Hattie Lloyd 07/09/19

Your Ultimate Brick Lane Guide

It’s hard to believe that in the 16th century, Brick Lane was but a humble country path bordered by brick-firing workshops.

It’s really built up over the years.

Historically, it was one of the most deprived areas on the outskirts of London, with huge families crammed into tiny terraced houses – but also one of the most spirited, with a thriving philanthropic movement establishing everything from free schools and libraries to soup kitchens feeding 6,000 mouths a day. And in the 18th century it began weaving its unique tapestry of migrant cultures, with the arrival of Huguenot refugees (French Protestants who literally were weavers), followed by hundreds of Irish people driven over by the Potato Famine of the 19th century; Jewish families escaping persecution in the early 20th century; finally growing into the cultural hub of London’s Bangladeshi community.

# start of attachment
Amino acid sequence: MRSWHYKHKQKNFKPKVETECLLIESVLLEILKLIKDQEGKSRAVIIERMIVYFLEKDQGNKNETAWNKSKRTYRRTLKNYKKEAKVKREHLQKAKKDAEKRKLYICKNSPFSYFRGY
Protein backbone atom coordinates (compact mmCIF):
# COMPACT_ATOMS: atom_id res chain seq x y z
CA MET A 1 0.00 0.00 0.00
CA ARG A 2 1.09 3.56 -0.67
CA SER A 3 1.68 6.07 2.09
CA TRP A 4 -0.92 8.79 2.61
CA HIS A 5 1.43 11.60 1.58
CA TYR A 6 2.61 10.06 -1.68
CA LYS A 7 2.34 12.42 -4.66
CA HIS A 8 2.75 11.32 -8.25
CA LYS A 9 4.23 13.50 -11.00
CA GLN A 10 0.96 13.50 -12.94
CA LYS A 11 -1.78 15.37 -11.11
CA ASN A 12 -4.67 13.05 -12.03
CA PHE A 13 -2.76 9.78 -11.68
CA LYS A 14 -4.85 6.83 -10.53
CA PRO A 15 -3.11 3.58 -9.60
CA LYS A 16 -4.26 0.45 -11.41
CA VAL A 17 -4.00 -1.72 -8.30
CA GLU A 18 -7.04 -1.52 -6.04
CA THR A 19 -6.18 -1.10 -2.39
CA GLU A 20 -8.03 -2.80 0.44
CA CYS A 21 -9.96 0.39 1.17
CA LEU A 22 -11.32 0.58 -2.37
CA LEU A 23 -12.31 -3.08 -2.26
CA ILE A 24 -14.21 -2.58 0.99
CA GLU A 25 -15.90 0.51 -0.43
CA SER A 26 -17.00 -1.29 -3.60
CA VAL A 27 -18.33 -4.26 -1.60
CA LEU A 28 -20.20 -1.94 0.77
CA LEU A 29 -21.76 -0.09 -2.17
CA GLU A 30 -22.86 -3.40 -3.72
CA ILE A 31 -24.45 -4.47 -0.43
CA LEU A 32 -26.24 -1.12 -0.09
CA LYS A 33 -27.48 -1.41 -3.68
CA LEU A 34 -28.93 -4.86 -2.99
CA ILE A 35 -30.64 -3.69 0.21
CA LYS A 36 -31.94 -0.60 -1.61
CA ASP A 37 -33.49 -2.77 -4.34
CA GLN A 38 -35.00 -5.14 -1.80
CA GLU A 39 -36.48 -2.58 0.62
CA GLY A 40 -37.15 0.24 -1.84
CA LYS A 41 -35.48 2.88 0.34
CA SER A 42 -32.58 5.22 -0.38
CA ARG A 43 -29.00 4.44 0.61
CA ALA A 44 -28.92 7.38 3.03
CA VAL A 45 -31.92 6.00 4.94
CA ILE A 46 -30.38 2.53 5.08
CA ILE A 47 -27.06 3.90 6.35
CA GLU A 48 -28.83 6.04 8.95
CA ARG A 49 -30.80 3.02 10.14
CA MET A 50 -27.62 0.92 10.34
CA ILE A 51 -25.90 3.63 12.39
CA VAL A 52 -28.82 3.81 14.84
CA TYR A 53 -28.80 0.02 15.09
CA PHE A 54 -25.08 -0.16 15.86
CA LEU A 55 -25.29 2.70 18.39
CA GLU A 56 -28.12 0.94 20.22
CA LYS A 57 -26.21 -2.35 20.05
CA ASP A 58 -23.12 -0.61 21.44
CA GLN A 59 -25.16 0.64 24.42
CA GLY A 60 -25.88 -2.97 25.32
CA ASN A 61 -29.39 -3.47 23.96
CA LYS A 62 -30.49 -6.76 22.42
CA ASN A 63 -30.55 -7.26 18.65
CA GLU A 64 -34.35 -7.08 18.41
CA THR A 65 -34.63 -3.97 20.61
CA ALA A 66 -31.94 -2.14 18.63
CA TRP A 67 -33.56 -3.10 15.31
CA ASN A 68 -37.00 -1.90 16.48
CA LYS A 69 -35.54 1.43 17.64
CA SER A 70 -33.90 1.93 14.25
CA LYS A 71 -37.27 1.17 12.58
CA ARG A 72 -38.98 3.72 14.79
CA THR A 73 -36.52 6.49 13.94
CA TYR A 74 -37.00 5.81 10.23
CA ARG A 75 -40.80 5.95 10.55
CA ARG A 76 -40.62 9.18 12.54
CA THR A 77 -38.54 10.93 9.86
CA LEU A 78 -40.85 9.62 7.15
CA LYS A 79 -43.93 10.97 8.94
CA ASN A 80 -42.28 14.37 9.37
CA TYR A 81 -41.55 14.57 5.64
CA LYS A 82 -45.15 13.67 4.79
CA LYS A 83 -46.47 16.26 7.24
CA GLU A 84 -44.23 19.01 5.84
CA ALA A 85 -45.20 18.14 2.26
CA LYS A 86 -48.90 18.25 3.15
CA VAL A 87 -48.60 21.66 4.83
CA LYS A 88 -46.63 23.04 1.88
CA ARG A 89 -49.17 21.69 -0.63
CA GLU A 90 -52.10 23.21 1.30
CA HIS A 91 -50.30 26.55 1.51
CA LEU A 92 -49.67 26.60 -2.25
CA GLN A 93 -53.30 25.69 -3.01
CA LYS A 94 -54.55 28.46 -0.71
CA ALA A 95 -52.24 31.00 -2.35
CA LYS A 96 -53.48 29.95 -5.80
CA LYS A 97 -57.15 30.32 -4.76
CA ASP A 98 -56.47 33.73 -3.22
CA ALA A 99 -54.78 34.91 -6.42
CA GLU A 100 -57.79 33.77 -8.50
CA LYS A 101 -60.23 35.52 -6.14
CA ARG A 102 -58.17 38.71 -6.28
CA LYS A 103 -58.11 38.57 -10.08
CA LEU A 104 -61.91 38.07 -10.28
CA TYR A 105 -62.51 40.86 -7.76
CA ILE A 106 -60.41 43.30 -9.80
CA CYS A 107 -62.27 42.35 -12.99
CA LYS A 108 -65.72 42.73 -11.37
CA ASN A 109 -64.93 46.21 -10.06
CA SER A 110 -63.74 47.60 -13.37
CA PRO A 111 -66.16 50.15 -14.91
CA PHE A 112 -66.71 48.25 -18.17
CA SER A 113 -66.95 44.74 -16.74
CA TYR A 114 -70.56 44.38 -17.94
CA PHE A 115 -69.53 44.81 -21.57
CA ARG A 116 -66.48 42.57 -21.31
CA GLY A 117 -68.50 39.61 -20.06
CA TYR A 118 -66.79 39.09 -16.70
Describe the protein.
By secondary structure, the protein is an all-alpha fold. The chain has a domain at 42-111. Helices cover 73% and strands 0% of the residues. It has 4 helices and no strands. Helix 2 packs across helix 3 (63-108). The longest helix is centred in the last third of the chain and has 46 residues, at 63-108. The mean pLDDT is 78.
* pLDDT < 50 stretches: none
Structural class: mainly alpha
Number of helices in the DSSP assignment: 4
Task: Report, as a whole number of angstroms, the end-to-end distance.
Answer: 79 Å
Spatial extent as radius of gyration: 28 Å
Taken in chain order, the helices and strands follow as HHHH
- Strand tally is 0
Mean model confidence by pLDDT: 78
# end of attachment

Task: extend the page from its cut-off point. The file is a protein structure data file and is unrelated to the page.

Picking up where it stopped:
It’s this rich, multicultural heritage that gives Brick Lane or ‘Banglatown’ its vibrant character today, and a walk down the narrow, cobbled street will take you past some of the capital’s finest curry houses interspersed with Jewish beigel shops, street food markets, vintage stores and cafés.

You can generally follow your nose (quite literally), but if you’re after a little guidance, we’ve put together our pick of the best places to eat & drink and things to do in Brick Lane for your perusal.


Beigel Bake

Beigel Bake Brick Lane